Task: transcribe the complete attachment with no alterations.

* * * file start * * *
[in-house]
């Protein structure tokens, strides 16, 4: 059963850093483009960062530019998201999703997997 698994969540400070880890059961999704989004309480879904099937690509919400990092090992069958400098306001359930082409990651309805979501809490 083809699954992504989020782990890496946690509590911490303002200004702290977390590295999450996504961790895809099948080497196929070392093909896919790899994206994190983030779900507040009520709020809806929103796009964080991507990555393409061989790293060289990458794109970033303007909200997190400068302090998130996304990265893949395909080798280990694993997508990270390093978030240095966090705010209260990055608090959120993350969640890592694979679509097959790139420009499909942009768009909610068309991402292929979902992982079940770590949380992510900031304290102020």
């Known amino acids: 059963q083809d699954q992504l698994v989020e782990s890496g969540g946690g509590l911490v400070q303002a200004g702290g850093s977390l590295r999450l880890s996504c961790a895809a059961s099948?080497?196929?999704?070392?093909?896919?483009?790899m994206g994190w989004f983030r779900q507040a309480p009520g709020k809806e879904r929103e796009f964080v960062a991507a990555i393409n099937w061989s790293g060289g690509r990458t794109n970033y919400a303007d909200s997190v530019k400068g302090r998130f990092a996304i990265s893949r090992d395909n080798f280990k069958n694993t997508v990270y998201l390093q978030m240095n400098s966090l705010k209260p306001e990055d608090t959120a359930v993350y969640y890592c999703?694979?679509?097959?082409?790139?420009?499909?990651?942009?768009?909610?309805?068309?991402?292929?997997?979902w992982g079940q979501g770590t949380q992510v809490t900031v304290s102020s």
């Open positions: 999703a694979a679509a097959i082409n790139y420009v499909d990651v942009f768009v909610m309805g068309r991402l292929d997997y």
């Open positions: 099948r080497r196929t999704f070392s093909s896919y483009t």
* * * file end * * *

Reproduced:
[in-house]
């Protein structure tokens, strides 16, 4: 059963850093483009960062530019998201999703997997 698994969540400070880890059961999704989004309480879904099937690509919400990092090992069958400098306001359930082409990651309805979501809490 083809699954992504989020782990890496946690509590911490303002200004702290977390590295999450996504961790895809099948080497196929070392093909896919790899994206994190983030779900507040009520709020809806929103796009964080991507990555393409061989790293060289990458794109970033303007909200997190400068302090998130996304990265893949395909080798280990694993997508990270390093978030240095966090705010209260990055608090959120993350969640890592694979679509097959790139420009499909942009768009909610068309991402292929979902992982079940770590949380992510900031304290102020």
């Known amino acids: 059963q083809d699954q992504l698994v989020e782990s890496g969540g946690g509590l911490v400070q303002a200004g702290g850093s977390l590295r999450l880890s996504c961790a895809a059961s099948?080497?196929?999704?070392?093909?896919?483009?790899m994206g994190w989004f983030r779900q507040a309480p009520g709020k809806e879904r929103e796009f964080v960062a991507a990555i393409n099937w061989s790293g060289g690509r990458t794109n970033y919400a303007d909200s997190v530019k400068g302090r998130f990092a996304i990265s893949r090992d395909n080798f280990k069958n694993t997508v990270y998201l390093q978030m240095n400098s966090l705010k209260p306001e990055d608090t959120a359930v993350y969640y890592c999703?694979?679509?097959?082409?790139?420009?499909?990651?942009?768009?909610?309805?068309?991402?292929?997997?979902w992982g079940q979501g770590t949380q992510v809490t900031v304290s102020s």
């Open positions: 999703a694979a679509a097959i082409n790139y420009v499909d990651v942009f768009v909610m309805g068309r991402l292929d997997y």
């Open positions: 099948r080497r196929t999704f070392s093909s896919y483009t």